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Home > Business > Business Headline > Report

West digs heels on farm subsidies

Sidhartha in Cancun | September 13, 2003 09:50 IST

There were little signs of rapprochement between the US-EU combine and the new alliance of developing countries, which has a new member in Turkey.

While the G-22, formerly the G-21, sought the support of countries belonging to the African Union and the group of least developed countries, the US tried to create a rift in the formation.

On the contentious issue of agricultural trade, the US promised to "wash away its sin" by substantially cutting farm subsidy if the G-22 agreed to steep tariff cuts.

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During consultations facilitated by Singapore Trade Minister George Yeo Yong-Bon, on the second day of the World Trade Organisation's Cancun ministerial meeting, US Trade Representative Robert Zoellick conceded that developed countries had "committed a sin" by offering millions of dollars in support to their farmers.

Zoellick, however, bluntly asked the G-22 members if they were ready to offer any concessions in exchange for a cut in domestic support and export subsidies on farm produce.

EU Commissioner for agriculture Frank Fischler, who also attended the consultations, argued the case for the continuation of export subsidies.

Fischler, though willing to negotiate market access, was not ready to budge on the issue of cutting domestic support.

Meanwhile, the G-22 members started parleys with the African Union and the least developed countries group to garner support for their demands seeking reduction of export subsidies, domestic support and import tariffs by developing countries.

The G-22 is also seeking safeguard mechanisms to protect their interests. On its part, the US is trying to engineer a split in the ranks of the developing countries.

In Washington, Chairman of the Senate Committee on Finance Chuck Grassley, in a veiled threat, questioned the commitment of countries like Columbia, Thailand, Egypt and South Africa. These countries, which are part of the G-22 alliance, are also negotiating free trade agreements with the US.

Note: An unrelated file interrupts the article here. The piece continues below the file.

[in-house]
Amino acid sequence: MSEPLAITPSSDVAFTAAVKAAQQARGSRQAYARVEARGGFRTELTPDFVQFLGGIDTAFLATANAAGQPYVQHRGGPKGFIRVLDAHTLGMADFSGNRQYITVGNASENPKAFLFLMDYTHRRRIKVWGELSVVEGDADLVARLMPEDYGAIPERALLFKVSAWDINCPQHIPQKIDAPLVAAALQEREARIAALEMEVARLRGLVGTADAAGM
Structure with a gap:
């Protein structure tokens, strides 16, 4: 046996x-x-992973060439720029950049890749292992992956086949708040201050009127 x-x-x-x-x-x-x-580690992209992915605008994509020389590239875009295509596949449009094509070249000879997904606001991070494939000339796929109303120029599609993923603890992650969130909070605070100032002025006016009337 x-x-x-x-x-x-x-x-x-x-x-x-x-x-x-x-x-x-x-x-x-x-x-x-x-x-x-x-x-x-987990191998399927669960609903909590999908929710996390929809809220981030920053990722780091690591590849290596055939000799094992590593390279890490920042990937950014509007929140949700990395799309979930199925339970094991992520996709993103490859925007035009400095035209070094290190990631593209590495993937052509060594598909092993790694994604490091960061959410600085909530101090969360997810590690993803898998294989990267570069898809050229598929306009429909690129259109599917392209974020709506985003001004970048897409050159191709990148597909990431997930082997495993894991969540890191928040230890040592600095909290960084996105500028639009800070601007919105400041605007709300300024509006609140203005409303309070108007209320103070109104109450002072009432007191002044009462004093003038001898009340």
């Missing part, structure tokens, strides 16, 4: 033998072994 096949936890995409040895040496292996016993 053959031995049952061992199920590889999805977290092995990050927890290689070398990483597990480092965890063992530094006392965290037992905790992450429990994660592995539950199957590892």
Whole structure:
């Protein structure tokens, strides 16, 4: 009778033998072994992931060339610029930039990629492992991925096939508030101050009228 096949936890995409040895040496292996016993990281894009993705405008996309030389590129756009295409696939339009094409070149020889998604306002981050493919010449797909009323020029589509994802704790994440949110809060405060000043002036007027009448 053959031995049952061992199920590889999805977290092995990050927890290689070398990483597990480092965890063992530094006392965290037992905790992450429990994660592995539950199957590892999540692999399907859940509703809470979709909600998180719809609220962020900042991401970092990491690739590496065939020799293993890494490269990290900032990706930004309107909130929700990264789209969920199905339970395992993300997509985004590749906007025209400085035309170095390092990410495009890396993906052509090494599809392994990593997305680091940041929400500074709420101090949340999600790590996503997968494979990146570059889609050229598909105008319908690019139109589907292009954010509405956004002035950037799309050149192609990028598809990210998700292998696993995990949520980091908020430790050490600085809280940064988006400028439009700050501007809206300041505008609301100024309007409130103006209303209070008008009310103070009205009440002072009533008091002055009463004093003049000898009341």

"(they) are seeking to deepen their relationship with the US but are resisting opening their own markets for agricultural trade. This makes me question their commitment to free trade and their interests in pursuing the strong market access commitments required to conclude free trade agreements with the US," Grassley said in a statement.

However, coordinators of the G-22 were confident that India, China, Brazil, Argentina and South Africa would stay together in their opposition to the farm proposals submitted by the EU and US.

Away from Cancun, heads of states are making efforts to ensure that the G-22 coalition stays intact.

South African President Thabo Mbeki had written to Prime Minister Atal Bihari Vajpayee and Chinese Premier Hu Jintao to seek their support, top government officials said.

Zambian Commerce Minister Dipak KA Patel told Business Standard the African Union had asked the G-22 to factor in the concerns of single commodity countries on market access and special and differential treatment.

"You could expect a decision in the next two days or so," Patel said. He said the alliance would help smaller countries push their case at the 146-member multilateral body.

Yeo, the facilitator for agricultural negotiations, said there was some indication of flexibility among countries, but delegations were still keeping their cards close to their chest.

The Singapore trade minister will wait till Saturday evening for countries to bury their differences, failing which he will release a hybrid text.

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